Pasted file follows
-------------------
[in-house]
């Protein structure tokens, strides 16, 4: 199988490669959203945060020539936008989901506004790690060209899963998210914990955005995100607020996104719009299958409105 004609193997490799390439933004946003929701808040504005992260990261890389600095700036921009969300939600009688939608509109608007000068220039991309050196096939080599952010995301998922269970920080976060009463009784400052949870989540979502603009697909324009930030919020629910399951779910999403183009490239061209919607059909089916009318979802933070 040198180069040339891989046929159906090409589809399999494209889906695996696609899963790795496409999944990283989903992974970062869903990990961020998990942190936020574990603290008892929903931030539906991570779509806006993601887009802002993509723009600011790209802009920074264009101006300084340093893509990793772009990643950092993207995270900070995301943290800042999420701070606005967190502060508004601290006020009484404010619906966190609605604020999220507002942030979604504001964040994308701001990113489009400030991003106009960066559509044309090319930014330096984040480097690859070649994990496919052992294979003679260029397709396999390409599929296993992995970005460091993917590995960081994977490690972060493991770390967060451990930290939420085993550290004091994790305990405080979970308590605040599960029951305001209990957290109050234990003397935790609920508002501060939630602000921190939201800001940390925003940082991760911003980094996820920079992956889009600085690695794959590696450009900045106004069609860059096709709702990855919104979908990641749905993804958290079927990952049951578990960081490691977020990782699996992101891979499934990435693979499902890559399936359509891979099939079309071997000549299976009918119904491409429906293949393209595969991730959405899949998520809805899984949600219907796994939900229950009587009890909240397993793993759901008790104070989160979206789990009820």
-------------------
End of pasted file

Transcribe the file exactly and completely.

[in-house]
């Protein structure tokens, strides 16, 4: 199988490669959203945060020539936008989901506004790690060209899963998210914990955005995100607020996104719009299958409105 004609193997490799390439933004946003929701808040504005992260990261890389600095700036921009969300939600009688939608509109608007000068220039991309050196096939080599952010995301998922269970920080976060009463009784400052949870989540979502603009697909324009930030919020629910399951779910999403183009490239061209919607059909089916009318979802933070 040198180069040339891989046929159906090409589809399999494209889906695996696609899963790795496409999944990283989903992974970062869903990990961020998990942190936020574990603290008892929903931030539906991570779509806006993601887009802002993509723009600011790209802009920074264009101006300084340093893509990793772009990643950092993207995270900070995301943290800042999420701070606005967190502060508004601290006020009484404010619906966190609605604020999220507002942030979604504001964040994308701001990113489009400030991003106009960066559509044309090319930014330096984040480097690859070649994990496919052992294979003679260029397709396999390409599929296993992995970005460091993917590995960081994977490690972060493991770390967060451990930290939420085993550290004091994790305990405080979970308590605040599960029951305001209990957290109050234990003397935790609920508002501060939630602000921190939201800001940390925003940082991760911003980094996820920079992956889009600085690695794959590696450009900045106004069609860059096709709702990855919104979908990641749905993804958290079927990952049951578990960081490691977020990782699996992101891979499934990435693979499902890559399936359509891979099939079309071997000549299976009918119904491409429906293949393209595969991730959405899949998520809805899984949600219907796994939900229950009587009890909240397993793993759901008790104070989160979206789990009820």